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Lyn zimmo, Nicholas G. Strouthidis, jean M. Mari, Michael J. Girard; Contrast Enhancement in Images of the Glaucomatous Human Optic Nerve Head (ONH) Captured with Enhanced Depth Imaging (EDI) Optical Coherence Tomography (OCT). Invest. Ophthalmol. Vis. Sci. 2012;53(14):2822.
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© ARVO (1962-2015); The Authors (2016-present)
To determine whether standard OCT contrast enhancement and shadow removal techniques can be extended to EDI-OCT images of the ONH in glaucoma patients.
We previously developed a compensation algorithm that, when applied to OCT images of the ONH, can remove shadow artefacts, enhance contrast, and improve deep tissue structure visibility (IOVS 2011;52(10):7738-48). This algorithm was tested with non-EDI OCT images of ONHs from subjects without ocular abnormalities. Here, its application is extended to both non-EDI and EDI-OCT images of ONHs from 5 glaucoma patients (3normal-tension and 2 high-tension). For each patient, non-EDI and EDI volumes of the ONH were acquired consecutively (Spectralis, Heidelberg Engineering). Each scan was composed of 145 B-scans of 384 A-scans averaged 9 times for speckle noise reduction. The interlayer contrast (ranging from 0 to 1, with 1 indicating a highly-detectable boundary) was computed across the anterior lamina cribrosa (LC) boundary using 5 B-scans. Similarly, the intra-layer contrast (ranging from 0 to 1, with 0 indicating complete blood vessel shadow removal) was computed in the LC using the same images.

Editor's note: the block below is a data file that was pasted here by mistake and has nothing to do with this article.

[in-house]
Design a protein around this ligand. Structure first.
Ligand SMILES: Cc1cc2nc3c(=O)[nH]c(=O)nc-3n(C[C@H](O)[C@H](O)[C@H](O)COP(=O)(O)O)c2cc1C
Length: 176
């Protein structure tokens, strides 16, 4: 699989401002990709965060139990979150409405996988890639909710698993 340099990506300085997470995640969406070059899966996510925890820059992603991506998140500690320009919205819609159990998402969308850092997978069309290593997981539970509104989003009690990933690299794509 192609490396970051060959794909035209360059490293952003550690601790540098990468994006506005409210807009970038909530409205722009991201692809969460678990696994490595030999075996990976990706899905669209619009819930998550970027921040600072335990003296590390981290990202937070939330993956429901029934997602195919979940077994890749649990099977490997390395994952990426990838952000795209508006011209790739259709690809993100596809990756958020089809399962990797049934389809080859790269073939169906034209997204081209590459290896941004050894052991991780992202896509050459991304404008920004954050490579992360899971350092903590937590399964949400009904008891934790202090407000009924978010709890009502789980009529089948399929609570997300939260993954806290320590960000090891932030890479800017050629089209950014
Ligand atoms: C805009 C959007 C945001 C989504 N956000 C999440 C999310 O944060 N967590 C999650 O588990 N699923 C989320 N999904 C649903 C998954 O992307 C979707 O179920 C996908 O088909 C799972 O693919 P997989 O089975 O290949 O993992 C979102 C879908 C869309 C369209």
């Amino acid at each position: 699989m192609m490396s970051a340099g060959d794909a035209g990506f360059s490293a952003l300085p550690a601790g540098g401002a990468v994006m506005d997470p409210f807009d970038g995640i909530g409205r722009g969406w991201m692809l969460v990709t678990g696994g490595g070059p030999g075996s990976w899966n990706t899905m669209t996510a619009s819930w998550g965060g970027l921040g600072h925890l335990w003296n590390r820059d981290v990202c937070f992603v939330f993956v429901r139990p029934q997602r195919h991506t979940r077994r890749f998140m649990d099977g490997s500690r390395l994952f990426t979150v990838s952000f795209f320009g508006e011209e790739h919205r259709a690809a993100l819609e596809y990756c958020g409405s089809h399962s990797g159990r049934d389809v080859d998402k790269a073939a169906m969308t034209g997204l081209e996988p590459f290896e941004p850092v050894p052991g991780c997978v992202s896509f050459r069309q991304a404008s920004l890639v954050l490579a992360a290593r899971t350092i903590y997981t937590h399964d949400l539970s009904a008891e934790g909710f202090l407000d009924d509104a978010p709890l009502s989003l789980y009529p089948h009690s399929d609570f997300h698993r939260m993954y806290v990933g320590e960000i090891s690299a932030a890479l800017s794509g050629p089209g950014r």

Without compensation, the inter-layer contrast (mean ± SD) was 0.33 ± 0.07 (non-EDI) and 0.35 ± 0.11 (EDI); EDI vs non-EDI, p > 0.05. With compensation, the inter-layer contrast values were significantly increased (indicating better anterior LC boundary visibility) in both cases (p < 0.001) to 0.90 ± 0.06 (non EDI) and 0.95 ± 0.01 (EDI); EDI vs non-EDI, p < 0.01. Without compensation, the intra-layer contrast (mean ± SD) was 0.93 ± 0.01 (non-EDI) and 0.94 ± 0.03 (EDI); EDI vs non-EDI, p > 0.05. With compensation, the intra-layer contrast values were significantly decreased (indicating successful shadow removal) in both cases (p < 0.001) to 0.55 ± 0.07 (non-EDI) and 0.46 ± 0.1 (EDI); EDI vs non-EDI, p < 0.05.
Our compensation algorithm can be applied to EDI images of the ONH and benefit from the previously demonstrated shadow removal and contrast enhancement while offering the advantages of deeper tissue imaging from EDI. Moreover, EDI, when combined with compensation, provides the best intra- and interlayer contrasts and thus the best LC visualization. Obtaining quantitative information and better contrast is a key step to allow automated segmentation of the ONH, quantification of ONH morphometry and biomechanics in vivo, and identification of potential risk indicators for glaucoma.
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